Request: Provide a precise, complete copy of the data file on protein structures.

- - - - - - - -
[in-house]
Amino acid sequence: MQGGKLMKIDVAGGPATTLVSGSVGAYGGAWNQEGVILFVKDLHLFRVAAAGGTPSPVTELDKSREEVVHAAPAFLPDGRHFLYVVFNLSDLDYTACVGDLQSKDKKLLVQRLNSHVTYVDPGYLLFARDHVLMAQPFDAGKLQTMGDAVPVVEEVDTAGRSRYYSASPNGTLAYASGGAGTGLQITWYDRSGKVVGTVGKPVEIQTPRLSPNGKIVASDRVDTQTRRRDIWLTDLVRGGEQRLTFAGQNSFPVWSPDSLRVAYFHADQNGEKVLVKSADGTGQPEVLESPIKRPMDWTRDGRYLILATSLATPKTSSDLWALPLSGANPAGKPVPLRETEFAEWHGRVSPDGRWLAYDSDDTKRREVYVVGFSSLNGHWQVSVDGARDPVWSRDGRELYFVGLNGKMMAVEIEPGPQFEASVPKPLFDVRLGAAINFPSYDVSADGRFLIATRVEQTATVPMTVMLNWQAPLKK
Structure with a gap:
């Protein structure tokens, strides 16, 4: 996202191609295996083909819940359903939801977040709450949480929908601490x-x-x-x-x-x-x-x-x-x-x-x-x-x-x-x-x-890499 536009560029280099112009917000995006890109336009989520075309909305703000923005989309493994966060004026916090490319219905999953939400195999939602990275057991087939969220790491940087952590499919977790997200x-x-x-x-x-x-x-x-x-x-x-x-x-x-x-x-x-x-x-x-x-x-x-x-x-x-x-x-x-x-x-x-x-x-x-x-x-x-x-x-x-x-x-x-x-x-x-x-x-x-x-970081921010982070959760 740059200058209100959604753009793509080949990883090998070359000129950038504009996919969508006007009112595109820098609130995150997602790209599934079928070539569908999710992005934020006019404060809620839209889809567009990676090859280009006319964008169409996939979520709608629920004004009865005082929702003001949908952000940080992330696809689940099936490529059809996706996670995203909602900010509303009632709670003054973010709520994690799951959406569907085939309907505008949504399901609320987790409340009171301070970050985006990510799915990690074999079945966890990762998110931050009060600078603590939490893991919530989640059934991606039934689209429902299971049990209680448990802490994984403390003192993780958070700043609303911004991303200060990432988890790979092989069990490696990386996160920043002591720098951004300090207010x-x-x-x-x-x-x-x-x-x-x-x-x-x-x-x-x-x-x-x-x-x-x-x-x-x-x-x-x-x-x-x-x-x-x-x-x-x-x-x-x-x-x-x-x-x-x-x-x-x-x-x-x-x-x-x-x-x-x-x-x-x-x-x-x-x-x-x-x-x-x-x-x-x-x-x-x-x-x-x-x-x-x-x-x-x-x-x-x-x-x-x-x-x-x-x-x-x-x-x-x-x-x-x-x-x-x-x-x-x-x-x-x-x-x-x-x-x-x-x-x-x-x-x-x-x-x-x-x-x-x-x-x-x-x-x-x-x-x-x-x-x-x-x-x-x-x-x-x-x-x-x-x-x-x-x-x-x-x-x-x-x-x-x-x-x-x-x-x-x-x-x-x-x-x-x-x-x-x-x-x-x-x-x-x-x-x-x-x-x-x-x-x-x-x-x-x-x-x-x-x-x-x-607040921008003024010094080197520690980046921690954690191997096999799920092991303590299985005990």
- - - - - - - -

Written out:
[in-house]
Amino acid sequence: MQGGKLMKIDVAGGPATTLVSGSVGAYGGAWNQEGVILFVKDLHLFRVAAAGGTPSPVTELDKSREEVVHAAPAFLPDGRHFLYVVFNLSDLDYTACVGDLQSKDKKLLVQRLNSHVTYVDPGYLLFARDHVLMAQPFDAGKLQTMGDAVPVVEEVDTAGRSRYYSASPNGTLAYASGGAGTGLQITWYDRSGKVVGTVGKPVEIQTPRLSPNGKIVASDRVDTQTRRRDIWLTDLVRGGEQRLTFAGQNSFPVWSPDSLRVAYFHADQNGEKVLVKSADGTGQPEVLESPIKRPMDWTRDGRYLILATSLATPKTSSDLWALPLSGANPAGKPVPLRETEFAEWHGRVSPDGRWLAYDSDDTKRREVYVVGFSSLNGHWQVSVDGARDPVWSRDGRELYFVGLNGKMMAVEIEPGPQFEASVPKPLFDVRLGAAINFPSYDVSADGRFLIATRVEQTATVPMTVMLNWQAPLKK
Structure with a gap:
């Protein structure tokens, strides 16, 4: 996202191609295996083909819940359903939801977040709450949480929908601490x-x-x-x-x-x-x-x-x-x-x-x-x-x-x-x-x-890499 536009560029280099112009917000995006890109336009989520075309909305703000923005989309493994966060004026916090490319219905999953939400195999939602990275057991087939969220790491940087952590499919977790997200x-x-x-x-x-x-x-x-x-x-x-x-x-x-x-x-x-x-x-x-x-x-x-x-x-x-x-x-x-x-x-x-x-x-x-x-x-x-x-x-x-x-x-x-x-x-x-x-x-x-x-970081921010982070959760 740059200058209100959604753009793509080949990883090998070359000129950038504009996919969508006007009112595109820098609130995150997602790209599934079928070539569908999710992005934020006019404060809620839209889809567009990676090859280009006319964008169409996939979520709608629920004004009865005082929702003001949908952000940080992330696809689940099936490529059809996706996670995203909602900010509303009632709670003054973010709520994690799951959406569907085939309907505008949504399901609320987790409340009171301070970050985006990510799915990690074999079945966890990762998110931050009060600078603590939490893991919530989640059934991606039934689209429902299971049990209680448990802490994984403390003192993780958070700043609303911004991303200060990432988890790979092989069990490696990386996160920043002591720098951004300090207010x-x-x-x-x-x-x-x-x-x-x-x-x-x-x-x-x-x-x-x-x-x-x-x-x-x-x-x-x-x-x-x-x-x-x-x-x-x-x-x-x-x-x-x-x-x-x-x-x-x-x-x-x-x-x-x-x-x-x-x-x-x-x-x-x-x-x-x-x-x-x-x-x-x-x-x-x-x-x-x-x-x-x-x-x-x-x-x-x-x-x-x-x-x-x-x-x-x-x-x-x-x-x-x-x-x-x-x-x-x-x-x-x-x-x-x-x-x-x-x-x-x-x-x-x-x-x-x-x-x-x-x-x-x-x-x-x-x-x-x-x-x-x-x-x-x-x-x-x-x-x-x-x-x-x-x-x-x-x-x-x-x-x-x-x-x-x-x-x-x-x-x-x-x-x-x-x-x-x-x-x-x-x-x-x-x-x-x-x-x-x-x-x-x-x-x-x-x-x-x-x-x-x-607040921008003024010094080197520690980046921690954690191997096999799920092991303590299985005990």